That’s why it’s so important to see a doctor who specializes in headaches and can tailor your treatment plan to your needs. “No two patients are the same and they might require different treatment,” says Dr. Natbony. “For instance, if you have nausea, we might give you something different than if you don’t have nausea.” She says the most valuable information you can provide for your doctor is an hourly timeline of what happens when you have a migraine. When it hits, what do you do to treat it, and then how does your body respond to each treatment that you try? “Now I can go back and think about what you should do differently,” says Dr. Natbony. “This is what we should add. This is what we should change. That way patients can really be in control.”
“The world of prevention is so large,” says Dr. Natbony. “I feel like the most exciting thing is when someone comes to me and they’ve never been on anything preventatively because it’s like the whole world of opportunity is open.” Prescription medications, injections and Botox may be available to you, but the research-backed lifestyle modifications listed below may help as well. Just remember everything takes time to work so no matter which approach you take, it may be a few months before you notice a difference, notes Dr. Natbony.
“If anyone has a debilitating headache, they should bring it up with their doctor, especially if they’re having any sort of neurological changes which is what aura often presents with,” says Dr. Parikh. “That way the doctor can make sure that it’s truly aura and not anything else.” Once they confirm you are in fact having migraines with aura, your best bet is to see a neurologist who is an expert on headaches and can work with you to figure out the best approach for both prevention and treatment.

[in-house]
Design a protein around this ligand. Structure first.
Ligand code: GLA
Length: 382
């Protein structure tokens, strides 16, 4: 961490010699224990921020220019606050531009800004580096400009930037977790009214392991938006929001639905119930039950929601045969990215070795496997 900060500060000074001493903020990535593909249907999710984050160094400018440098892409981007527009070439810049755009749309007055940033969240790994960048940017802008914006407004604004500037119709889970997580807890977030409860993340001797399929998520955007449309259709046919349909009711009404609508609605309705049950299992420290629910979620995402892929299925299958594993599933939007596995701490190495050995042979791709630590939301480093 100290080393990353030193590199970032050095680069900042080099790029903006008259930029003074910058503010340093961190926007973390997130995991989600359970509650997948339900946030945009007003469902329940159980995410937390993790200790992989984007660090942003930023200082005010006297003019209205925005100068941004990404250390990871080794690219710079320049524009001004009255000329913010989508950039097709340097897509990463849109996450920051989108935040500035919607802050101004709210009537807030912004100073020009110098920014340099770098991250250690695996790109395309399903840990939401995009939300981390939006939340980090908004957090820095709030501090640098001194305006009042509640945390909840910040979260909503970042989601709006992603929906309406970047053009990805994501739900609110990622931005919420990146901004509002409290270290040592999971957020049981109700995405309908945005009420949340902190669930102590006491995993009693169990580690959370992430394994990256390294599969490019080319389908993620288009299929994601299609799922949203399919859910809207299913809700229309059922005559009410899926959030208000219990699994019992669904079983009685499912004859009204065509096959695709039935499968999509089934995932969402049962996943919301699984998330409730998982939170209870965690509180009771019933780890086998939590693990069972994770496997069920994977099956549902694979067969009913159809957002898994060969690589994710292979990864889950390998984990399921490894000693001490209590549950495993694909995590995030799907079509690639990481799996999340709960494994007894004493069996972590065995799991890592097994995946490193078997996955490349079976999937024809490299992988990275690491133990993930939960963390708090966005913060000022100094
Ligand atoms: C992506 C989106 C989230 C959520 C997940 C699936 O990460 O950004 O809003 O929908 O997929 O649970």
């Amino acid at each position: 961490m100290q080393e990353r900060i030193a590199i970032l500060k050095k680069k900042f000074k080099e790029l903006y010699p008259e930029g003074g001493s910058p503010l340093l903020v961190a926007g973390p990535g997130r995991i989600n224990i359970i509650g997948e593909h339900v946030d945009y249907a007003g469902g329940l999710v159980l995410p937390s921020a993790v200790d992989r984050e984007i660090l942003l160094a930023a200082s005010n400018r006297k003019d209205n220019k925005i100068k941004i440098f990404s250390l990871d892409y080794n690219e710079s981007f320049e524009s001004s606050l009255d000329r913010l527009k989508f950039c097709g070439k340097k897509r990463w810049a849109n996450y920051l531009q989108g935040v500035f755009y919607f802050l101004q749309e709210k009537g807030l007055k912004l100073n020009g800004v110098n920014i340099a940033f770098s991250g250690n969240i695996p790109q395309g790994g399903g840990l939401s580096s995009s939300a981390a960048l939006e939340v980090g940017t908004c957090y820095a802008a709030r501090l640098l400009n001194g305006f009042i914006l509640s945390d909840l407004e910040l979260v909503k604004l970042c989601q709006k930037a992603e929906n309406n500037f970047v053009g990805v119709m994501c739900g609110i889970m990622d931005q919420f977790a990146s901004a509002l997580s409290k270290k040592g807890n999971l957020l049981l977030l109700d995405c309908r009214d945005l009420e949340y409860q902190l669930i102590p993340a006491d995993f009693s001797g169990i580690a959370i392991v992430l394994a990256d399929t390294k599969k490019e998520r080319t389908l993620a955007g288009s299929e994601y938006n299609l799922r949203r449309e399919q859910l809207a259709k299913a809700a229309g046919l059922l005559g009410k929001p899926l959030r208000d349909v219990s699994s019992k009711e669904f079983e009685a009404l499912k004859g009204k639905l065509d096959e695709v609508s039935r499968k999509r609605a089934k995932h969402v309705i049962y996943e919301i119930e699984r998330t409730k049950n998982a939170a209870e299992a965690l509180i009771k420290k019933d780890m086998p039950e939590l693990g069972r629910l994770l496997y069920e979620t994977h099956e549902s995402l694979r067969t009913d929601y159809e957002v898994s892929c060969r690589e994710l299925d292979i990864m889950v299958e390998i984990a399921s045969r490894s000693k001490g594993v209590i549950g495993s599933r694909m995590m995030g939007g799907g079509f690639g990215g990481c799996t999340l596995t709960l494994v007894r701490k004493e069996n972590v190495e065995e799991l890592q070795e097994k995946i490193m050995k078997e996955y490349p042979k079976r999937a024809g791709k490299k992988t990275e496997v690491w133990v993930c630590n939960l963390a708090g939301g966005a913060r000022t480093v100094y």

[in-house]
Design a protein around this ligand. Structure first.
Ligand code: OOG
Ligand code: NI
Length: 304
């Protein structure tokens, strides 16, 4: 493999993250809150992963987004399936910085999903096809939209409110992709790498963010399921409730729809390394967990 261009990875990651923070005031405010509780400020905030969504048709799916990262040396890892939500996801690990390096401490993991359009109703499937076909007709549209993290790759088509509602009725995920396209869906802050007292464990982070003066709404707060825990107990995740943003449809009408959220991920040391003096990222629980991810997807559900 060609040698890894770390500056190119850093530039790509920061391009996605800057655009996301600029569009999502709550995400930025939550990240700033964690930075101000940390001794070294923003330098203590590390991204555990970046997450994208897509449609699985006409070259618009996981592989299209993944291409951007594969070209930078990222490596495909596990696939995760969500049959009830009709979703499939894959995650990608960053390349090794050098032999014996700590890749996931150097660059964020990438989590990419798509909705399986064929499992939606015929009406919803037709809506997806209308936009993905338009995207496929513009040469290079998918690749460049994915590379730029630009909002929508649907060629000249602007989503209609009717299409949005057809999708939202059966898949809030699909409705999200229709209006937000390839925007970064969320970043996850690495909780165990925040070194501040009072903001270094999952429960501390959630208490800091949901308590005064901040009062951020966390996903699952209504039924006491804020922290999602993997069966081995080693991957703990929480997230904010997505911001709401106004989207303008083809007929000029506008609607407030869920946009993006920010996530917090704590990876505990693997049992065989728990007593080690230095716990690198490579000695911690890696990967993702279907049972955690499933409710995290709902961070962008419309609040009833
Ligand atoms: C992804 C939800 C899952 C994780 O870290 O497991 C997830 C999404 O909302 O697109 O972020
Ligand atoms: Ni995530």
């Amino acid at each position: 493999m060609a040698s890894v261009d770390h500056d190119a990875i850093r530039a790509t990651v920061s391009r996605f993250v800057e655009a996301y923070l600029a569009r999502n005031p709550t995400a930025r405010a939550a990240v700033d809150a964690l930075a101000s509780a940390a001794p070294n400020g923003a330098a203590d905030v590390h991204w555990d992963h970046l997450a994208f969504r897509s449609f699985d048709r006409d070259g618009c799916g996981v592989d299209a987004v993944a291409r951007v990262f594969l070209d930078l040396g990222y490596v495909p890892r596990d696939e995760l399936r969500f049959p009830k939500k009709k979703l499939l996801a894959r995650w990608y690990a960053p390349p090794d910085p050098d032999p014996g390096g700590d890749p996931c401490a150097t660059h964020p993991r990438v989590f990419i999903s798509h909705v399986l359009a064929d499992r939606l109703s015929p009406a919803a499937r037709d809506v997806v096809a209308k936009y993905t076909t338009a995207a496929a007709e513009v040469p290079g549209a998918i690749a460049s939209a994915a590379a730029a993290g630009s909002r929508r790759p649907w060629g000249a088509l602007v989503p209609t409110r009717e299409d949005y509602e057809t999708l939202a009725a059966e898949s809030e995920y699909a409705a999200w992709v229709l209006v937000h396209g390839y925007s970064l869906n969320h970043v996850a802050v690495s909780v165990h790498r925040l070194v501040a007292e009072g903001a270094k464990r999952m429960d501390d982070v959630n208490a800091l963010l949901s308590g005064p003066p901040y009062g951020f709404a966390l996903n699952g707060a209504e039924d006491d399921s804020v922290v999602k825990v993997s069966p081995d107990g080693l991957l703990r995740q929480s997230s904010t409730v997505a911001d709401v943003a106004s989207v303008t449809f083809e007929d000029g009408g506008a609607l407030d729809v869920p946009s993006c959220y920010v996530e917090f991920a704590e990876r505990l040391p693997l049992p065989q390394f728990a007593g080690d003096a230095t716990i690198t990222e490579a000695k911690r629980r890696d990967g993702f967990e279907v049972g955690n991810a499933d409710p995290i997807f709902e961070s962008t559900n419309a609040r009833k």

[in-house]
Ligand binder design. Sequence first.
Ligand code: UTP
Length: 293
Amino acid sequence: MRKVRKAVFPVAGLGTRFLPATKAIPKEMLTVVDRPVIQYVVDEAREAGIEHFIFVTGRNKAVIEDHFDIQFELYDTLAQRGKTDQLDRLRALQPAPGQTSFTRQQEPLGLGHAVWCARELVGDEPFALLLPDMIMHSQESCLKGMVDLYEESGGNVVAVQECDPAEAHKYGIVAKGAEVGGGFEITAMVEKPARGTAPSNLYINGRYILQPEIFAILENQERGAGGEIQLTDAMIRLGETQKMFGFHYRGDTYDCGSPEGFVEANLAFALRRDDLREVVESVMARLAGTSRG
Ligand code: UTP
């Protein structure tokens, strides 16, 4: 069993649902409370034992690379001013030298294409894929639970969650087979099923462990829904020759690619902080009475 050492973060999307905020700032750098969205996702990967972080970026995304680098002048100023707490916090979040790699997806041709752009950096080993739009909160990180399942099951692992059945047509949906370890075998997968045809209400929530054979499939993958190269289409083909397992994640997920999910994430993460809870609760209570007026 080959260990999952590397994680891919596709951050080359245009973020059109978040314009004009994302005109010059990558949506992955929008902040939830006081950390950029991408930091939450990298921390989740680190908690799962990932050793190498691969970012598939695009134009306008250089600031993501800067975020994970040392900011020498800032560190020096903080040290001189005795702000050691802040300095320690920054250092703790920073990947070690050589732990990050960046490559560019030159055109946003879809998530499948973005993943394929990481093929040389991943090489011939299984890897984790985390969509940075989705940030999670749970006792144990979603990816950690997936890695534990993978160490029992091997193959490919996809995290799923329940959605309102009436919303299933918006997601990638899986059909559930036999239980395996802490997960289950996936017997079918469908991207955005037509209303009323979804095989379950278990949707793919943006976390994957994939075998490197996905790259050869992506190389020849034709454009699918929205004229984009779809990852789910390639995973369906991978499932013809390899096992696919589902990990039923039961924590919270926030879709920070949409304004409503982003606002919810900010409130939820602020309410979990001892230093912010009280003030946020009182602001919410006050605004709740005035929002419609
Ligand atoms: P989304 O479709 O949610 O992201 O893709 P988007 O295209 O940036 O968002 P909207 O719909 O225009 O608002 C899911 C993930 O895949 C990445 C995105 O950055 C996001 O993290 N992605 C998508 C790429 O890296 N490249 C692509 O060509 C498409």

Keep in mind that migraine is a chronic condition. If you have a migraine a few times a year and you’re able to treat it effectively with over-the-counter meds and behavior changes, that’s great. But if migraines regularly keep you from doing activities that you want to do, it’s time to see a doctor. “If you have diabetes, you’re going to see a doctor for it at least annually, right?” Dr. Natbony points out. “I think that because people feel that migraine is just a headache, they could just pop something and take care of it. But the thing is, there’s so much we can do to prevent it from getting worse and to treat it better in the moment.”
“If you’re a woman and you’re experiencing migraine with aura, you should also talk to your gynecologist and make sure, if you’re taking any sort of hormonal contraceptive, that it is appropriate for you,” adds Dr. Parikh. “There is a thought that migraine with aura can increase someone’s risk for stroke and estrogen can play a role in that as well. So even though we think that risk is low, it’s important to bring up with your gynecologist. I wouldn’t say they should not take it, but that they should discuss the risks and benefits with their doctors before taking additional things like estrogen.” She says the same thing goes for smoking — smoking can increase your stroke risk on top of a potentially higher risk that might come with migraine with aura.